Neither Mary Beth Gonzalez nor Saks Inc. could be happy about the 60 percent discount that the company's Fifth Avenue store in New York offered last week on such luxury items as a $1,995 Dolce & Gabbana messenger bag.
The reduced prices are eroding Saks's profitability, with its operating margin shrinking from 5.3 percent in the fourth quarter to 4.7 percent in the first – less than half of margins at Nordstrom Inc. and Neiman Marcus Group Inc. The cuts also aren't sufficient to get Gonzalez, a media executive, to buy.
“I'm being more conscious of my spending,” said Gonzalez, 42, who left the store empty-handed last week and resolved to cut non-essential purchases in half. “With the economy being uncertain, I feel like I need to have more savings.”
One of the last holdouts in consumer spending – luxury-goods purchases – may be collapsing under the weight of a sluggish and potentially contracting U.S. economy.
Sign Up and Save
Get six months of free digital access to The Charlotte Observer
Sales at U.S. luxury stores open at least a year may decline as much as 2 percent in 2008, as wealthy consumers suffer “angst” over financial-industry job cuts and falling stock and housing values, said Michael Niemira, chief economist at the International Council of Shopping Centers.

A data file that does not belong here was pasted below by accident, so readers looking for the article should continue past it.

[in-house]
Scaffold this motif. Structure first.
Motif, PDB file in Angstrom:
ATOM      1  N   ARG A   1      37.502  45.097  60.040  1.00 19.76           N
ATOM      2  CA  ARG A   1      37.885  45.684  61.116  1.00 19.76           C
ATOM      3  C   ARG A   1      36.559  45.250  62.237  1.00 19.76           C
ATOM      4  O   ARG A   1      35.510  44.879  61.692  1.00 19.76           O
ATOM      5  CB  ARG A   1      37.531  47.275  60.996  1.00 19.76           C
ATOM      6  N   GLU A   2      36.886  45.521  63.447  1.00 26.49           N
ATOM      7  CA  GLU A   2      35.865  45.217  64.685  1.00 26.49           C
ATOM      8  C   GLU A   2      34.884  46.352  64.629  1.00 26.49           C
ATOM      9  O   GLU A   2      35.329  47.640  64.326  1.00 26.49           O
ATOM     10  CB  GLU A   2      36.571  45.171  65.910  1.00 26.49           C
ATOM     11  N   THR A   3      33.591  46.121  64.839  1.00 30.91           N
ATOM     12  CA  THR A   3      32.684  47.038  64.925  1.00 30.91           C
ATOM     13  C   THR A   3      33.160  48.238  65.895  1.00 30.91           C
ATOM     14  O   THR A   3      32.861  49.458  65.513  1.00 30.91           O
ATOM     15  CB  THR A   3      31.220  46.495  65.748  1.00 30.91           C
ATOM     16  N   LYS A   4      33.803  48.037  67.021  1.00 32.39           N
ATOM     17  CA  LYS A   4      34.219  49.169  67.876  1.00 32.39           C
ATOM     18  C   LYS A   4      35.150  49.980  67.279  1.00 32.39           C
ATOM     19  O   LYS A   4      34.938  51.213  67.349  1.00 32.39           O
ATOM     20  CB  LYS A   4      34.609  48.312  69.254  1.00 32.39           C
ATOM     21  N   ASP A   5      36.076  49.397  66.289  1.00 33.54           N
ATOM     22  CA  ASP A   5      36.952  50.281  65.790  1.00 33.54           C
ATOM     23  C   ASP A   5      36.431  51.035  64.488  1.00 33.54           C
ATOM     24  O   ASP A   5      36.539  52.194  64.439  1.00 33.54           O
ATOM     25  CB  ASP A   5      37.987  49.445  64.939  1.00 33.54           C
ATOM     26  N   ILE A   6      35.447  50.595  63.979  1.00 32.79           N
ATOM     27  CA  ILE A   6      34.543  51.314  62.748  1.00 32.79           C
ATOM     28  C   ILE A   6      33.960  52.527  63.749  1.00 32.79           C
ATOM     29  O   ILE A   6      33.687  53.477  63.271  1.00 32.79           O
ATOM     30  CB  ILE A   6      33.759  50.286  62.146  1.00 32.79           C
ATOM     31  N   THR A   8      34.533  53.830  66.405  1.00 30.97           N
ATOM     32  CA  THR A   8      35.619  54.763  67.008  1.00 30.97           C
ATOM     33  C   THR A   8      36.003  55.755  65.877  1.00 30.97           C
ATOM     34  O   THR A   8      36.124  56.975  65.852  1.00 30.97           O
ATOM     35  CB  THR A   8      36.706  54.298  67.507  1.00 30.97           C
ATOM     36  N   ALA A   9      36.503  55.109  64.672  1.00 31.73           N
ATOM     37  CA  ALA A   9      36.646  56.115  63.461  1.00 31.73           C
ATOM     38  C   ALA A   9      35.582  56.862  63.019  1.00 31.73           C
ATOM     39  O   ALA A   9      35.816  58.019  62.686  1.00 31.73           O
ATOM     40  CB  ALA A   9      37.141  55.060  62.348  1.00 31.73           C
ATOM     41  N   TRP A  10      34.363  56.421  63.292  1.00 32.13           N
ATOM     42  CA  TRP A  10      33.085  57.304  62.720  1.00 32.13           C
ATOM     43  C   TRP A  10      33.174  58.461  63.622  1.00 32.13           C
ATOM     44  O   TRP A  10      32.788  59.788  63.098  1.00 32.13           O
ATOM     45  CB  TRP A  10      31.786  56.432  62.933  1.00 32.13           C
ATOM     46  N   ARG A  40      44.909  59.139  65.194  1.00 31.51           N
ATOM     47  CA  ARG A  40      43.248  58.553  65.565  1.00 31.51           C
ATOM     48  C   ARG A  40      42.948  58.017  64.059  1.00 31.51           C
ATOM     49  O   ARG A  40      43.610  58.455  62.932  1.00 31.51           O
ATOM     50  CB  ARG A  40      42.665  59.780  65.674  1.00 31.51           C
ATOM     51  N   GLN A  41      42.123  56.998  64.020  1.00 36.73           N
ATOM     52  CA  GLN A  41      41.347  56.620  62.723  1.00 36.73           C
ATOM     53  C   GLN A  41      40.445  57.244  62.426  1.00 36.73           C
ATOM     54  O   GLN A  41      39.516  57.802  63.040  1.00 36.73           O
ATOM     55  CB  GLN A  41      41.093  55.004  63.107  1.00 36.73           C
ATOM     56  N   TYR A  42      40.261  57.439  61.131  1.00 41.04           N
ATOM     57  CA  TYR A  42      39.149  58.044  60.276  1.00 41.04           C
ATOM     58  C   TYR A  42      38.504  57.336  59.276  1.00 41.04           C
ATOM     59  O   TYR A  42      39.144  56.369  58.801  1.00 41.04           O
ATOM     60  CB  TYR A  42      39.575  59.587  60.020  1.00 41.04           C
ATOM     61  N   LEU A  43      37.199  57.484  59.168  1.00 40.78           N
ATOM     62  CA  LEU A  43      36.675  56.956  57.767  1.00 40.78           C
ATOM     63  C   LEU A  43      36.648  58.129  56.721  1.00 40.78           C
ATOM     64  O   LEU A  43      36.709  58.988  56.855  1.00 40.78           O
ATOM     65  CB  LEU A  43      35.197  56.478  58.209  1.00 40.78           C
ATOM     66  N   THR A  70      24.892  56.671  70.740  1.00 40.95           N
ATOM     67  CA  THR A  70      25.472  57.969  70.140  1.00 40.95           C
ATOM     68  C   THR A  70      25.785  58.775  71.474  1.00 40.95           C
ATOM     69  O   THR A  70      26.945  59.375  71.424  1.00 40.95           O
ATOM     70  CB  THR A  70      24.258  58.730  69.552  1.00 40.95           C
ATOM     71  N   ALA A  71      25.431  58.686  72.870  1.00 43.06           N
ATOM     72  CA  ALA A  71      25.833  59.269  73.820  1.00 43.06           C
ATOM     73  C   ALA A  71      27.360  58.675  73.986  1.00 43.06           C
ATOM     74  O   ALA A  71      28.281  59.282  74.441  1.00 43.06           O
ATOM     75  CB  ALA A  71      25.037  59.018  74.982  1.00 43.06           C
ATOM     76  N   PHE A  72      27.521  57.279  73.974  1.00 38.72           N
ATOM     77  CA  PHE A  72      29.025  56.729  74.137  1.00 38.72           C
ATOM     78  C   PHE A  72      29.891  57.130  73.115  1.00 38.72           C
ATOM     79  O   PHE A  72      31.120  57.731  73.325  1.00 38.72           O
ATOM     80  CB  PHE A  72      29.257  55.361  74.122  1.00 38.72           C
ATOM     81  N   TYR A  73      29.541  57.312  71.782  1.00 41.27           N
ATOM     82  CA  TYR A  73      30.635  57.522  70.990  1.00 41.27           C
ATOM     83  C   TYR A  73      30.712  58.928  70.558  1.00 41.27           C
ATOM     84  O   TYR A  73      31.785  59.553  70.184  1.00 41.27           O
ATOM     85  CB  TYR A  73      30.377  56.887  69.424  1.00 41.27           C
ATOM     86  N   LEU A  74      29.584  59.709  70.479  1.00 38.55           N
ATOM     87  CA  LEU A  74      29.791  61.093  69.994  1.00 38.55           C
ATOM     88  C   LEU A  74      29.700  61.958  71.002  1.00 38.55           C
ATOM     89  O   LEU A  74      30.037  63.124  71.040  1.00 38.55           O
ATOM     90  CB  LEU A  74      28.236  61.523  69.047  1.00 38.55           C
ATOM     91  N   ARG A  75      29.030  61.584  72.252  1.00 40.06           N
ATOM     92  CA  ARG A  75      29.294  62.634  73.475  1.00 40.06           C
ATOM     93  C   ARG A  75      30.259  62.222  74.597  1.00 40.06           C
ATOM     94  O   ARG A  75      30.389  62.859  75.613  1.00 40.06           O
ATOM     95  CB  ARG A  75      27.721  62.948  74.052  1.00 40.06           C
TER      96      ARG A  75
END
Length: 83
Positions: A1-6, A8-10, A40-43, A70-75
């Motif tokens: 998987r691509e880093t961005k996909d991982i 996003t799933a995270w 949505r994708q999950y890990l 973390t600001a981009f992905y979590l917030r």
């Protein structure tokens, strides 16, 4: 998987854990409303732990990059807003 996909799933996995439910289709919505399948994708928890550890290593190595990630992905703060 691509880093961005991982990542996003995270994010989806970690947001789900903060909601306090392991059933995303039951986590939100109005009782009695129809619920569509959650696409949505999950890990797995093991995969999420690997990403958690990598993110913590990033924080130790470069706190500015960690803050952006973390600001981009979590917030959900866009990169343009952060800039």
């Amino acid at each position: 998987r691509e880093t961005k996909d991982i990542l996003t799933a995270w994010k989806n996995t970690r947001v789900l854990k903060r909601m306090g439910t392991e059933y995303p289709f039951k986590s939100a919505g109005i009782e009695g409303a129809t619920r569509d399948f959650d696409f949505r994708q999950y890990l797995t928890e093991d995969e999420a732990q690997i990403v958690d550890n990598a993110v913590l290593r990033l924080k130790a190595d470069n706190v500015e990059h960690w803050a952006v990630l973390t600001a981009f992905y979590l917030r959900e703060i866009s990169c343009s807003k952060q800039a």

None of this has been welcome news for Saks' shares. Before Tuesday, they fell 22 percent in the past two weeks and 54 percent since the start of the year.
By comparison, through Monday, Nordstrom's stock dropped 7.2 percent in the past two weeks and 15 percent year-to-date; the Standard & Poor's 500 Index fell 5 percent and 15 percent, respectively.
Neiman and Nordstrom, with better operating margins, are showing signs of strain. Short sales as a percentage of trading volume on Nordstrom stock are the highest in almost three years. Before today, the yield on Neiman's most-traded bond is at the highest since mid-March.
Not everyone is pessimistic. Lazard Capital Markets' Todd Slater recommends buying Saks's shares, now at a five-year low. Citigroup Inc. analyst Deborah Weinswig said June 13 that she is more confident a buyout may occur.
At the beginning of 2008, Niemira said he had expected luxury same-store sales to gain as much as 2 percent this year.